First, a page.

Because watersports centers will often have multiple kayaks and canoes for rent, they should also have the proper storage solutions for each vessel that will protect them from the weather in all seasons, as well as keep them in a secure manner that should maintain the integrity of the hull.

A benefit of storing your kayak properly at a marina or paddling center is that there should be professionals on hand to be able to help you with launching or even preparing your kayak for storage in colder months.

Best Ways To Store A Kayak

Clean It Before Storing

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Before you put your yak into storage you need to make sure that it’s completely clean and dry. This applies whether you store your kayak indoors or outdoors.

First of all, you might want to remove the seat cushions and any other soft fabric components, so you can store them separately. While it can be tempting to just bring your kayak out the water and put it away immediately, washing it can be one of the necessary steps to avoid causing damage.

To clean your kayak properly, you will need to get some mild soap (or mild detergent) and fresh water and clean over the outside of the hull with a soft towel as well as inside the cockpit, so that all remaining dirt and residue is completely gone.

Make sure you rinse it well with clean water to get rid of all the soap residue. Once you’ve done that you will then need to let it dry. The entire boat needs to be completely dry before you can think about storing it, because if it’s not, the moisture can cause fungus to grow, which will wreak havoc and ruin your craft.

You can use a dry towel and a bilge pump to help speed up the drying process and this should allow you to see if your kayak is completely dry. Be sure to empty out any water that might still be inside the hatches.

Making sure your boat is both clean and dry completely before you store it will help to prevent any moisture damage, meaning your kayak should be more likely to keep its durability for longer, so you should get even more life out of it if it's in good shape.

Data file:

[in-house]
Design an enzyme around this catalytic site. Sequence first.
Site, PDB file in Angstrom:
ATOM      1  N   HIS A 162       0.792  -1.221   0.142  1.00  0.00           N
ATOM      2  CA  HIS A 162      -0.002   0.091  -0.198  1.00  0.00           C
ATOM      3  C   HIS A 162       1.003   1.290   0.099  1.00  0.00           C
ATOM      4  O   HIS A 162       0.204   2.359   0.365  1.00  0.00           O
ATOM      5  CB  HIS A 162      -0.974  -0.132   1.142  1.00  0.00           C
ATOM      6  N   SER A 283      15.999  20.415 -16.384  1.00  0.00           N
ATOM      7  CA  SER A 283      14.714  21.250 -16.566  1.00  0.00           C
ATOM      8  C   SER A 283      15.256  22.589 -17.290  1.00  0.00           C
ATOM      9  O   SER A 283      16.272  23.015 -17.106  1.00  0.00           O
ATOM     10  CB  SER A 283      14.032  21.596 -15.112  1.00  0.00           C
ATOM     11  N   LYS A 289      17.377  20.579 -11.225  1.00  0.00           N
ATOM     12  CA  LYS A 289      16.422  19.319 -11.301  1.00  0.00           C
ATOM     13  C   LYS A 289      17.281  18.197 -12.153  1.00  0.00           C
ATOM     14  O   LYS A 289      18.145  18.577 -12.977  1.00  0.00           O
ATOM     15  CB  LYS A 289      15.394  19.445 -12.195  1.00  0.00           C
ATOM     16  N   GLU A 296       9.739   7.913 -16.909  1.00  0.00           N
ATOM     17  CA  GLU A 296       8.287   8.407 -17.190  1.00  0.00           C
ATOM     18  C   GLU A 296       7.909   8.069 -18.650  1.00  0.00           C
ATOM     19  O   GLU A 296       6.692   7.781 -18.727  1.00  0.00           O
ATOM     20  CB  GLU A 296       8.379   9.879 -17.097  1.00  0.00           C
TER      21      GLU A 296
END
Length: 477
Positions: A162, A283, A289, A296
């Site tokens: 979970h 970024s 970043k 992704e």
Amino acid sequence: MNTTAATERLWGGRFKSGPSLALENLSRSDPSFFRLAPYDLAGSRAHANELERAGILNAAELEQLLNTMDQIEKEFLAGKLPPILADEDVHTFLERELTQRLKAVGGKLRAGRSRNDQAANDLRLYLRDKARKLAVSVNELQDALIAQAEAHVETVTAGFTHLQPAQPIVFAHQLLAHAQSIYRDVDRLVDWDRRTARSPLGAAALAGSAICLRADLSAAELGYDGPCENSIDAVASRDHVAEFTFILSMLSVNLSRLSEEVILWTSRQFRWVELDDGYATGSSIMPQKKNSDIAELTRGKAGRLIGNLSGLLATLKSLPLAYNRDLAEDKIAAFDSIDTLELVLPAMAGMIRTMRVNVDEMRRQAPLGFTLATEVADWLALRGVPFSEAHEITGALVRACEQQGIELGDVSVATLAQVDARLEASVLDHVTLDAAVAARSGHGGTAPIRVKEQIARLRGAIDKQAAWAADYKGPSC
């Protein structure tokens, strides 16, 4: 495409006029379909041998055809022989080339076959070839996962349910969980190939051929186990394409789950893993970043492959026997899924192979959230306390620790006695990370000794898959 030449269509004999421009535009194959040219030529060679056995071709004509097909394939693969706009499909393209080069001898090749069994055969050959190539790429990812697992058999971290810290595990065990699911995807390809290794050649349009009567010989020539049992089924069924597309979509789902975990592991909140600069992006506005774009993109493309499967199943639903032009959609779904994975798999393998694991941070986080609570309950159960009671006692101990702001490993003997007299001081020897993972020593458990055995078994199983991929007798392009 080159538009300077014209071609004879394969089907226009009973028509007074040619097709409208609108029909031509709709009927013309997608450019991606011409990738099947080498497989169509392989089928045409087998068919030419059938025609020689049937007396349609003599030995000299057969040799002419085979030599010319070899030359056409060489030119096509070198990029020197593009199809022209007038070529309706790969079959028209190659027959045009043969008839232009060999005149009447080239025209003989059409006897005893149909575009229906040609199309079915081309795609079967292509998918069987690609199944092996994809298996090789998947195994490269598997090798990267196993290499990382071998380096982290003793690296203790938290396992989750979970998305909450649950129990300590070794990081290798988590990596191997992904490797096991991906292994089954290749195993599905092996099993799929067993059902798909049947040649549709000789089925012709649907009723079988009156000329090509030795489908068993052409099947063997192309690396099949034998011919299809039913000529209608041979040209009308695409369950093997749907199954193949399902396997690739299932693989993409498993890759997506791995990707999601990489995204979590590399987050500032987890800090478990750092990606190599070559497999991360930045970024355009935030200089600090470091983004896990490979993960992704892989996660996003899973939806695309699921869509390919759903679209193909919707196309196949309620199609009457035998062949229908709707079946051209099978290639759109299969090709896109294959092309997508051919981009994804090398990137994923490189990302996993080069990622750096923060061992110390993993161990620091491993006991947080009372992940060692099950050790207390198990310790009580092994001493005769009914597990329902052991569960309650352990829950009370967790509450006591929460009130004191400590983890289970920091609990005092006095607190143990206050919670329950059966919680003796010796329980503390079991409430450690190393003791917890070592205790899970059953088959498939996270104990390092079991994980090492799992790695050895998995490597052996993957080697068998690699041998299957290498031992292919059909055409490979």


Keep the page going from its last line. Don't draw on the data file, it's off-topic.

If You're Storing A Kayak Inside...

While storing your kayak indoors can be the best option, you will need to know which way is best to store it and how not to store it. First of all, you will want to avoid storing your kayak on the floor (or other flat surface) on its hull, as, without the proper storage, this can cause significant hull damage as it will deform its shape, even after a very short time.

The best options are to have it resting vertically. Vertical storage allows the stern to be on the ground and the bow end up against a wall. Another good option is lay it on its side, horizontally, with the cockpit facing out towards you and the bottom of the hull facing the wall.

If you plan to keep your kayak in prolonged storage for a few months while you wait for kayaking season to return, you should alternate the sides that it’s leaning on if you’re storing it horizontally, as this will help to prevent one side from becoming dented over time.

There are storage racks designed specifically for kayaks, which will allow you to store your vessel up off the ground with weight evenly distributed. Some may require you to store the kayak upside down and others may be suitable for the hull to be the right way up, creating more of a cradle for the hull in an upright position. You might even find racks that allow you to store your kayak vertically.

Even though your yak will be stored inside, using a kayak cover or tarp to protect it from dust can still be a good idea, even if you store the kayak on a rack. A cover can be useful for a sit-on-top kayak and a sit-inside kayak. There are various racks you can buy for some of the top kayaks, depending on your needs and budget, or you could always make your own rack with wooden planks or PVC pipe.

Recommended Ways To Store Your Kayak Outside

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The best way to store your kayak outdoors is to first make sure it will be protected from the elements, especially if you plan to store it for an extended period. One of the most important things you can do is to cover it, as this should give it some protection from both harmful UV rays and moisture. You don't want to have your kayak exposed to the weather.

How you store a kayak outside will be similar to the indoor storage options, in that you should avoid both hard flat surfaces and laying the kayak flat on the ground (with your boat hull side down). Instead, ensure that it’s either stored vertically, leaning against a wall, or horizontally on its side.

For outdoors, however, you will need to make sure that your vessel is fully covered, or at least with the cockpit covered, and then use a waterproof tarp to create a tent like structure for your yak to rest under. The tarp will need to be pulled and secured tightly, either using trees or rope to help suspend it to let air circulate. You could also store life jackets inside your boat if it's covered.

If the tarp is not tight, it could sag and cause rain or snow to build up and rest on it, which could then render your protective tent useless. Water should be able to run off the tarp without depressing the fabric.